As a full-time student, money is not something that is easy to come by but traveling is even harder to go without! As a compromise, my boyfriend and 2 of our best friends, decided to go cheap & chique. We were headed to our southern neighbor, Belgium.
As the friends, Marjolein and Kevin, are moving in together soon, and Tristan and I had a rather extraordinary trip last year, meant that we had to come up with a low-budget itinerary that still meant that we could indulge during our holiday. As Dutchies, we are naturally used to riding our bikes which became the main mode of transport for our trip, not a dime involved. But then accommodation was brought to the table, are we staying in hostels (sharing dorm with a dozen noisy others) or are we taking up our gear and do we go camping? It was quickly discovered that hostels do not come very cheap in Belgium whereas camping turned out to be both cheap and practical. We ‘simply’ (word to be taken lightly ;-]) chucked our stuff onto our bikes and on the backs of our 2 strong men and off we were, first stop: Brugges.
Brugges has been my favorite Belgian city since I first visited it in my 2nd year of high school, for a multi-course project about the Middle Ages. Belgium still embodies a rich history of the culture and architecture of the Middle Ages, especially Brugges. The city ‘breathes’ the time of counts and cattle markets as if it were yesterday. Where many cities welcome modern buildings, Brugges embraced its history which to me seemed very popular with the crowds of tourists. I myself really enjoy the fact that Brugges still looks mostly like it did in the 1400s.
Our campsite which, was really nearby the city gates, only 5 minutes bike ride away, was a good base to explore this city. We stayed at an unpowered tent field which saved us a lot of money. For that reason we decided to go out for dinner a couple of times which we did the 1st night as well. Unfortunately, restaurant managers don’t live in the Middle Ages anymore and charge ridiculous prices at major tourist spots such as the Markt. If you like to eat out, and get good food at decent prices, my suggestion is to walk a few streets away from the Markt.
That Brugges embodies it’s culture is clear when you walk through the streets. Old ladies are bobbin lace into table cloths or blouse colars, chocolatiers are found at every corner offering the finest Belgian chocolate, and beer … What is Belgium without beer? Most of the restaurants offer a wide selection of beers, including its own brewing called “Brugse Zot”, a fine beer that comes both in Blonde and Tripple.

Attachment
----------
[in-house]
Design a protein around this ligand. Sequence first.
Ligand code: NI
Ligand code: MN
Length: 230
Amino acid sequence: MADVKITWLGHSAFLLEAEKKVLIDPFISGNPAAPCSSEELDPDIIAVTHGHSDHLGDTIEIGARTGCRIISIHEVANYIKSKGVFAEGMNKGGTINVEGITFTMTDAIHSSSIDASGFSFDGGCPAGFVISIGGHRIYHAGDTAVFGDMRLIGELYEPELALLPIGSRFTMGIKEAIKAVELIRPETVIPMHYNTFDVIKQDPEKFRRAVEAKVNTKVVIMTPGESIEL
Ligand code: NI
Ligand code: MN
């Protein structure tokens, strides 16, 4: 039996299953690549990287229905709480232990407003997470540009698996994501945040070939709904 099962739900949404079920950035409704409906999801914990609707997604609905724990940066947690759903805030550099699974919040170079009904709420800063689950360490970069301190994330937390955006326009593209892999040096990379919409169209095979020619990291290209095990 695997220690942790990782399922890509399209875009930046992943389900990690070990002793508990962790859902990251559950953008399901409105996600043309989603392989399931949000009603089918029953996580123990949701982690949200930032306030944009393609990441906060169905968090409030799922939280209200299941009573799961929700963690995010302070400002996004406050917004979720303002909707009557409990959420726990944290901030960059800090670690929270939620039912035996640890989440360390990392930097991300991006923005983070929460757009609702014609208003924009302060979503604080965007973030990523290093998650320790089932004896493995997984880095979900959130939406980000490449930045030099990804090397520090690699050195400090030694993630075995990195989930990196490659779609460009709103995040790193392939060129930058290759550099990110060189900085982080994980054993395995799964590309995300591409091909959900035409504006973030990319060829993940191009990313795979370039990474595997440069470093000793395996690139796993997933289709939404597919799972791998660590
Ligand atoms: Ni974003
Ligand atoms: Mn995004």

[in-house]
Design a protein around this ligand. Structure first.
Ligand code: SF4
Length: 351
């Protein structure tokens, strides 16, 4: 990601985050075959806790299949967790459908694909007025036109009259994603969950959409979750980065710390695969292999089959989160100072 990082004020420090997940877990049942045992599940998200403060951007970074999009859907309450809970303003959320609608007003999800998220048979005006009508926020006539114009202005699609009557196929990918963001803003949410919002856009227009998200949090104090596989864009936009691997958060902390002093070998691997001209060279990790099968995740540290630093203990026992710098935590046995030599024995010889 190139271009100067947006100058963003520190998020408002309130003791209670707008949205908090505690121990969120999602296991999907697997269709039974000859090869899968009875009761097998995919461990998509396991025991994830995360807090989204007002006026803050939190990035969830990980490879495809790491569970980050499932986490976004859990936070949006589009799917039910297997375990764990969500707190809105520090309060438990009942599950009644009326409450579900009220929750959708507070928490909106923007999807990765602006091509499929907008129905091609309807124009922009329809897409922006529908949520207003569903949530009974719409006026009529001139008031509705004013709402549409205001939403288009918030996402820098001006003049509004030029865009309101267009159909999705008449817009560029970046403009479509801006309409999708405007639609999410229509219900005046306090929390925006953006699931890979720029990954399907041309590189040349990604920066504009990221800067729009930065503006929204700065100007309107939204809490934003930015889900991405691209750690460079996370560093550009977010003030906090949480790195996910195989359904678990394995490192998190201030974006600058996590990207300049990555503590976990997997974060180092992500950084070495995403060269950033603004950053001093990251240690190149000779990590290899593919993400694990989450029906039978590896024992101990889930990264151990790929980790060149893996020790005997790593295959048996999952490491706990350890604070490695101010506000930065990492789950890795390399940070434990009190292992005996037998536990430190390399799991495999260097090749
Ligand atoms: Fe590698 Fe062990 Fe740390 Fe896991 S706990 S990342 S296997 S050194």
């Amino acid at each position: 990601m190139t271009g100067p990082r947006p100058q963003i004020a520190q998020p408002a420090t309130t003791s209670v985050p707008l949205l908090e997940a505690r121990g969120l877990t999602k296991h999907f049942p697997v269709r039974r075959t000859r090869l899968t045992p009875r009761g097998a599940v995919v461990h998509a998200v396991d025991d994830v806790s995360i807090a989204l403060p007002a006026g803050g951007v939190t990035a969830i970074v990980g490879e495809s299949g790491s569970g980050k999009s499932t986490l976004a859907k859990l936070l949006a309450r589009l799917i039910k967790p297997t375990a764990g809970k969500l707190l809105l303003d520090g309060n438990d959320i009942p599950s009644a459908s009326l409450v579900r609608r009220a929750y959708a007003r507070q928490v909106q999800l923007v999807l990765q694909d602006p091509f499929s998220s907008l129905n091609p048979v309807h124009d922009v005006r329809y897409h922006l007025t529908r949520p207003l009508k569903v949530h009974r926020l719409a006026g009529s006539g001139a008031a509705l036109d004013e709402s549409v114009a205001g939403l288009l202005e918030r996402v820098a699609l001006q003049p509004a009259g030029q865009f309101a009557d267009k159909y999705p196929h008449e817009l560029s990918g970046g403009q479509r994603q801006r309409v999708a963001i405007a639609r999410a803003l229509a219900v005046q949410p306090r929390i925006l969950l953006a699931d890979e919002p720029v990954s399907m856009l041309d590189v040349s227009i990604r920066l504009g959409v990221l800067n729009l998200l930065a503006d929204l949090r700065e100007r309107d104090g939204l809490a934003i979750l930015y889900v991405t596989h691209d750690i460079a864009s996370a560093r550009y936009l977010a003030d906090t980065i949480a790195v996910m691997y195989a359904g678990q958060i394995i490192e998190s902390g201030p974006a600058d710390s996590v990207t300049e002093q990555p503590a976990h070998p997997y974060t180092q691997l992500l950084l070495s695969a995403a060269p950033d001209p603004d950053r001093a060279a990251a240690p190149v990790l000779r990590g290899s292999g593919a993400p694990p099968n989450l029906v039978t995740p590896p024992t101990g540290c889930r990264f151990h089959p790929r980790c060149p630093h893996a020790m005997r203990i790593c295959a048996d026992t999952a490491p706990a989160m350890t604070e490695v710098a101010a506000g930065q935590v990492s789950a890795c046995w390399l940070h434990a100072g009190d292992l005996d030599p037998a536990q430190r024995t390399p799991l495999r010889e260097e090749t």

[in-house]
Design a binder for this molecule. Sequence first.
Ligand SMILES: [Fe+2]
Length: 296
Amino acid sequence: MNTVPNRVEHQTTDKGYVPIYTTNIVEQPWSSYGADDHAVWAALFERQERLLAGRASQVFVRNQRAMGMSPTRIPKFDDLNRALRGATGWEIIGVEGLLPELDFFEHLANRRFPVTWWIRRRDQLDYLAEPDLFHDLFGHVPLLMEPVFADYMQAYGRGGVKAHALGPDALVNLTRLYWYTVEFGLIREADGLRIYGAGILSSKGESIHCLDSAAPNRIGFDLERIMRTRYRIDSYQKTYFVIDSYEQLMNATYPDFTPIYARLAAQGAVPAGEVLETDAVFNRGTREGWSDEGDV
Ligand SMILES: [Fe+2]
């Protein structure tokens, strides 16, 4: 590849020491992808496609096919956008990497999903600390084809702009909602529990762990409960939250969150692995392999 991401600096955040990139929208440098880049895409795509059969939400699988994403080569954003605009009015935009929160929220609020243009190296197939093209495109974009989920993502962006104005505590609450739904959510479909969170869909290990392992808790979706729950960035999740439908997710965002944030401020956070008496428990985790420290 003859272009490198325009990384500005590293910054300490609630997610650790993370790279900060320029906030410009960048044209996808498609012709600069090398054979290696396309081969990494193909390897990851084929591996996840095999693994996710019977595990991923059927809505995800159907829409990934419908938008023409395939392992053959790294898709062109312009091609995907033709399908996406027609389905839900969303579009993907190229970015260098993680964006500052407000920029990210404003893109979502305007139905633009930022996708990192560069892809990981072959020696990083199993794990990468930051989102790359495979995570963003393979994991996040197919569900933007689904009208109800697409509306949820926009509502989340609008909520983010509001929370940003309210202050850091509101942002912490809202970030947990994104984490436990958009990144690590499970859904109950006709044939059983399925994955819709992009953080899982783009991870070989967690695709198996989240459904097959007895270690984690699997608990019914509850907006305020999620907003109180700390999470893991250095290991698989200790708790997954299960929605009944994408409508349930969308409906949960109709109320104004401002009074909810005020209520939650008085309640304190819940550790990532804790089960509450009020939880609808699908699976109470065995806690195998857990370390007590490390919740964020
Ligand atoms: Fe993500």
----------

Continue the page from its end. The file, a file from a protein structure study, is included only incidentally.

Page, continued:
Besides the cultural heritage that can be tasted and worn, Brugges also has an overwhelming amount of beautiful medieval buildings. Ranging from crooked houses, to the city hall, from the famous Belfry to “Onze Lieve Vrouwe” cathedral. The Belfry of Brugges is probably the most famous one and dominates the ‘skyline’ of the city. When you pay a small fee, you can climb the tower almost to the top. The staircase is really narrow with low ceilings here and there. But once you’re in, your taken on a journey through time. You’re learning the purpose of a Belfry, the uses of the massive bells and the protecional value it had when Brugges was one of the most important cities worlwide. Once on top, you have a stunning view overlooking the city.
Brugges in Dutch (the official language) means Bridges. When you’re in the city, you immediately notice why. As most cities in the Middle Ages such as Venice and Amsterdam, Brugges was built around water, still criss crossing the city. Actually the best way to explore the city before you start wandering yourself, is to hop on one of the small boats that will guide you through in several languages when prefered. Most of the canals (‘grachten’ in Dutch) are closed nowadays, so no public water traffic can enter the city. As a real boat lover, I had to take a little tour and was happy to have done so, it provides you that different perspective. For €7,50 p.p you can take a 30 min tour. Next to exploring from the waterfront, it is also possible to go by horse and carriage, really popular amongst tourists, which I imagine, gives that extra touch to your trip. We thought that the horse and cariage was a bit too romatic for the 4 of us so we skipped.
Brugges is a perfect weekend getaway, it has some nice restaurants, beautiful architecture, rich culture and tasty chocolate. For photographers, Brugges has a lot of perspectives to offer.
If you have ever been to Brugges, please feel free to share your experiences and tips! My blog about our trip to the city of Ghent will follow next week. In the mean time, keep your eye out on D. G. Travel Photography on Facebook for updates in my photography portfolio. Once you’re there, don’t forget to ‘Like’ :).
See you next week! Happy travels!